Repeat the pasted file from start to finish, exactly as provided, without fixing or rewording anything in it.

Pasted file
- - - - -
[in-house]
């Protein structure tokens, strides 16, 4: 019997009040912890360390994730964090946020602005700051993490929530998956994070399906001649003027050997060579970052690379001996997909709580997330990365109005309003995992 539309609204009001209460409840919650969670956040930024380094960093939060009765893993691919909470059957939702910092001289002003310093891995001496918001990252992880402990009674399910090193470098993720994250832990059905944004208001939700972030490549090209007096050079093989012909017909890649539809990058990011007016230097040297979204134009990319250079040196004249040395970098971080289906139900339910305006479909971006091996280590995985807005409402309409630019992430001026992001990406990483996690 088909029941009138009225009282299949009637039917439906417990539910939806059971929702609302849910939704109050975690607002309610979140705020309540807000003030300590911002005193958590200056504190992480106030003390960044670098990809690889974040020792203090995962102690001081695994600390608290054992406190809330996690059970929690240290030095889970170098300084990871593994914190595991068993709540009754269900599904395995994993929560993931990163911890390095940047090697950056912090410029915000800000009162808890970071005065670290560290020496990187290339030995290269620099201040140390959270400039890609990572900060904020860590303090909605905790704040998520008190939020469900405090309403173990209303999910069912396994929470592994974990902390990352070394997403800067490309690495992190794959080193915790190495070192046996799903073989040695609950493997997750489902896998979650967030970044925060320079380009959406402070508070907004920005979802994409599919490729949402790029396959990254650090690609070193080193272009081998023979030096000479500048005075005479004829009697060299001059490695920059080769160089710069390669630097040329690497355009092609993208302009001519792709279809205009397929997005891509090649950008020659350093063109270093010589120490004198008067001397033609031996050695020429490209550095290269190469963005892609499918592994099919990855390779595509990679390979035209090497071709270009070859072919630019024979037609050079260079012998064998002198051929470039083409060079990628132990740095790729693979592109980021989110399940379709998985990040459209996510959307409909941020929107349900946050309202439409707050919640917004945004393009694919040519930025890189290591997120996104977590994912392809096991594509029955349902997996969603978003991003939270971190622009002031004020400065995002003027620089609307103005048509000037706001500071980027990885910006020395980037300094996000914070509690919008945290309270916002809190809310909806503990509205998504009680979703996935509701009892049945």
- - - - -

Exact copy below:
[in-house]
């Protein structure tokens, strides 16, 4: 019997009040912890360390994730964090946020602005700051993490929530998956994070399906001649003027050997060579970052690379001996997909709580997330990365109005309003995992 539309609204009001209460409840919650969670956040930024380094960093939060009765893993691919909470059957939702910092001289002003310093891995001496918001990252992880402990009674399910090193470098993720994250832990059905944004208001939700972030490549090209007096050079093989012909017909890649539809990058990011007016230097040297979204134009990319250079040196004249040395970098971080289906139900339910305006479909971006091996280590995985807005409402309409630019992430001026992001990406990483996690 088909029941009138009225009282299949009637039917439906417990539910939806059971929702609302849910939704109050975690607002309610979140705020309540807000003030300590911002005193958590200056504190992480106030003390960044670098990809690889974040020792203090995962102690001081695994600390608290054992406190809330996690059970929690240290030095889970170098300084990871593994914190595991068993709540009754269900599904395995994993929560993931990163911890390095940047090697950056912090410029915000800000009162808890970071005065670290560290020496990187290339030995290269620099201040140390959270400039890609990572900060904020860590303090909605905790704040998520008190939020469900405090309403173990209303999910069912396994929470592994974990902390990352070394997403800067490309690495992190794959080193915790190495070192046996799903073989040695609950493997997750489902896998979650967030970044925060320079380009959406402070508070907004920005979802994409599919490729949402790029396959990254650090690609070193080193272009081998023979030096000479500048005075005479004829009697060299001059490695920059080769160089710069390669630097040329690497355009092609993208302009001519792709279809205009397929997005891509090649950008020659350093063109270093010589120490004198008067001397033609031996050695020429490209550095290269190469963005892609499918592994099919990855390779595509990679390979035209090497071709270009070859072919630019024979037609050079260079012998064998002198051929470039083409060079990628132990740095790729693979592109980021989110399940379709998985990040459209996510959307409909941020929107349900946050309202439409707050919640917004945004393009694919040519930025890189290591997120996104977590994912392809096991594509029955349902997996969603978003991003939270971190622009002031004020400065995002003027620089609307103005048509000037706001500071980027990885910006020395980037300094996000914070509690919008945290309270916002809190809310909806503990509205998504009680979703996935509701009892049945």